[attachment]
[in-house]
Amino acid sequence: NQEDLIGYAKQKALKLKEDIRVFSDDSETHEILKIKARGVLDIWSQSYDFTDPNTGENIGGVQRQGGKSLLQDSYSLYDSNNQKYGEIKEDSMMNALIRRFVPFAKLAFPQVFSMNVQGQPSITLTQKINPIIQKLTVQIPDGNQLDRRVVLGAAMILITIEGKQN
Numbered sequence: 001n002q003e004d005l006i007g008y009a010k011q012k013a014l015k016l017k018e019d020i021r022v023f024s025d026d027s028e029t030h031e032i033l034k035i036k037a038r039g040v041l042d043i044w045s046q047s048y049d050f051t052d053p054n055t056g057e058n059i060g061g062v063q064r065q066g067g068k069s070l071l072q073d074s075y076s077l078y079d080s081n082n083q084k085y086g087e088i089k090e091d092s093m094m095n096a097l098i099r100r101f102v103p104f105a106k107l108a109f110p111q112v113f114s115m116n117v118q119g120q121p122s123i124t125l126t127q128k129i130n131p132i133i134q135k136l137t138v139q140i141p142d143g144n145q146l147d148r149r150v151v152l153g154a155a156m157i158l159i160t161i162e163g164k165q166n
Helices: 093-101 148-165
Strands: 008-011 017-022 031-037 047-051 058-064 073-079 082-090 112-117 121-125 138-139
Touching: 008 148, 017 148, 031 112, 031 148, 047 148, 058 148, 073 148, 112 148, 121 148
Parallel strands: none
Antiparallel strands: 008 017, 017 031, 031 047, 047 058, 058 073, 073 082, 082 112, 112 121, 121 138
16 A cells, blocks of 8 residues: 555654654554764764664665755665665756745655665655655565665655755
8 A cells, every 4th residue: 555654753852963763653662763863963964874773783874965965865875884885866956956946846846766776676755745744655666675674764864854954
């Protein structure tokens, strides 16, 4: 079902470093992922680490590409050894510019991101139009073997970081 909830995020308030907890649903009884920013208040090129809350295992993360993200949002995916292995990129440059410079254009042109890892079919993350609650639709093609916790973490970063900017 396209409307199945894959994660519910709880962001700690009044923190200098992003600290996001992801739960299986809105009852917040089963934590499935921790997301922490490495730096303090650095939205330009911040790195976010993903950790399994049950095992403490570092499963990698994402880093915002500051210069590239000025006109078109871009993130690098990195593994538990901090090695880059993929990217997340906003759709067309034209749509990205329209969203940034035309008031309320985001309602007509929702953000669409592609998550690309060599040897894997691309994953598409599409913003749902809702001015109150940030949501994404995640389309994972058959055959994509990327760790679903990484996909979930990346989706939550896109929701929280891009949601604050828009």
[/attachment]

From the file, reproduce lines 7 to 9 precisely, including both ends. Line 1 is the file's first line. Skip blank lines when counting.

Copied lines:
Parallel strands: none
Antiparallel strands: 008 017, 017 031, 031 047, 047 058, 058 073, 073 082, 082 112, 112 121, 121 138
16 A cells, blocks of 8 residues: 555654654554764764664665755665665756745655665655655565665655755